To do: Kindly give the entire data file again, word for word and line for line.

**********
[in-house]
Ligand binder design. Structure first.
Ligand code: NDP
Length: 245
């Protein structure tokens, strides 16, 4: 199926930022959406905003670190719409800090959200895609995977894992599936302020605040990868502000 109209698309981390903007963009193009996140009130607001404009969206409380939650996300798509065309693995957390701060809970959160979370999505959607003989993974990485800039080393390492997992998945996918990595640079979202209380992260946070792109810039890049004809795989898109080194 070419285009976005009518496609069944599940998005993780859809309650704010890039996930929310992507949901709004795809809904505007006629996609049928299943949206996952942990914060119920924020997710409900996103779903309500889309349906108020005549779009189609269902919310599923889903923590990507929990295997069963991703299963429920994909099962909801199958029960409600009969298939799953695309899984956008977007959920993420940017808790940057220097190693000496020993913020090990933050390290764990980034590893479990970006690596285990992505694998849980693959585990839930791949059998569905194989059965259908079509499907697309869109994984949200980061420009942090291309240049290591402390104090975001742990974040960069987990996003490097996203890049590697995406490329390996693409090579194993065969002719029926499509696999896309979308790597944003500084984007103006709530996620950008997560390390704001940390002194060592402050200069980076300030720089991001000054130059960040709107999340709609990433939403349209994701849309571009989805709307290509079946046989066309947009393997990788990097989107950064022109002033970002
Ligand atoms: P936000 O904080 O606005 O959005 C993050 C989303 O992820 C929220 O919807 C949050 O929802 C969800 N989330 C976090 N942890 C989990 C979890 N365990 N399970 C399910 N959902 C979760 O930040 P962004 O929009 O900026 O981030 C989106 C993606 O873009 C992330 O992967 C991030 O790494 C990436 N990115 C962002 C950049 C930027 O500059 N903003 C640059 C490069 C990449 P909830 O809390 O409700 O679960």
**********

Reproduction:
[in-house]
Ligand binder design. Structure first.
Ligand code: NDP
Length: 245
């Protein structure tokens, strides 16, 4: 199926930022959406905003670190719409800090959200895609995977894992599936302020605040990868502000 109209698309981390903007963009193009996140009130607001404009969206409380939650996300798509065309693995957390701060809970959160979370999505959607003989993974990485800039080393390492997992998945996918990595640079979202209380992260946070792109810039890049004809795989898109080194 070419285009976005009518496609069944599940998005993780859809309650704010890039996930929310992507949901709004795809809904505007006629996609049928299943949206996952942990914060119920924020997710409900996103779903309500889309349906108020005549779009189609269902919310599923889903923590990507929990295997069963991703299963429920994909099962909801199958029960409600009969298939799953695309899984956008977007959920993420940017808790940057220097190693000496020993913020090990933050390290764990980034590893479990970006690596285990992505694998849980693959585990839930791949059998569905194989059965259908079509499907697309869109994984949200980061420009942090291309240049290591402390104090975001742990974040960069987990996003490097996203890049590697995406490329390996693409090579194993065969002719029926499509696999896309979308790597944003500084984007103006709530996620950008997560390390704001940390002194060592402050200069980076300030720089991001000054130059960040709107999340709609990433939403349209994701849309571009989805709307290509079946046989066309947009393997990788990097989107950064022109002033970002
Ligand atoms: P936000 O904080 O606005 O959005 C993050 C989303 O992820 C929220 O919807 C949050 O929802 C969800 N989330 C976090 N942890 C989990 C979890 N365990 N399970 C399910 N959902 C979760 O930040 P962004 O929009 O900026 O981030 C989106 C993606 O873009 C992330 O992967 C991030 O790494 C990436 N990115 C962002 C950049 C930027 O500059 N903003 C640059 C490069 C990449 P909830 O809390 O409700 O679960």